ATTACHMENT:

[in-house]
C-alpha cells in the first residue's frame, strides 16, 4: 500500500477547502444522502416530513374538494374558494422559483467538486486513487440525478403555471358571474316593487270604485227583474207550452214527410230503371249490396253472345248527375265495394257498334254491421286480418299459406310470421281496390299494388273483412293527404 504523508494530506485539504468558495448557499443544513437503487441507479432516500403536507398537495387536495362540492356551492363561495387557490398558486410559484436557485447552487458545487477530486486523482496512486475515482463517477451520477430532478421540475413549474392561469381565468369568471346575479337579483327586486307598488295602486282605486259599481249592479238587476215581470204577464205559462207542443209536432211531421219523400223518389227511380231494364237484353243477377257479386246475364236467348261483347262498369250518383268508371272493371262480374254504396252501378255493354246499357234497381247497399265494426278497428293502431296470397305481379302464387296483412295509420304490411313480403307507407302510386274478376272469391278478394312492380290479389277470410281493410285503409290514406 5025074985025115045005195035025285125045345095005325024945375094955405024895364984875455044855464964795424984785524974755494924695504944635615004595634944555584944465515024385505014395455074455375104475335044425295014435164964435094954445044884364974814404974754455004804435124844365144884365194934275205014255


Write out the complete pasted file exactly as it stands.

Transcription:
[in-house]
C-alpha cells in the first residue's frame, strides 16, 4: 500500500477547502444522502416530513374538494374558494422559483467538486486513487440525478403555471358571474316593487270604485227583474207550452214527410230503371249490396253472345248527375265495394257498334254491421286480418299459406310470421281496390299494388273483412293527404 504523508494530506485539504468558495448557499443544513437503487441507479432516500403536507398537495387536495362540492356551492363561495387557490398558486410559484436557485447552487458545487477530486486523482496512486475515482463517477451520477430532478421540475413549474392561469381565468369568471346575479337579483327586486307598488295602486282605486259599481249592479238587476215581470204577464205559462207542443209536432211531421219523400223518389227511380231494364237484353243477377257479386246475364236467348261483347262498369250518383268508371272493371262480374254504396252501378255493354246499357234497381247497399265494426278497428293502431296470397305481379302464387296483412295509420304490411313480403307507407302510386274478376272469391278478394312492380290479389277470410281493410285503409290514406 5025074985025115045005195035025285125045345095005325024945375094955405024895364984875455044855464964795424984785524974755494924695504944635615004595634944555584944465515024385505014395455074455375104475335044425295014435164964435094954445044884364974814404974754455004804435124844365144884365194934275205014255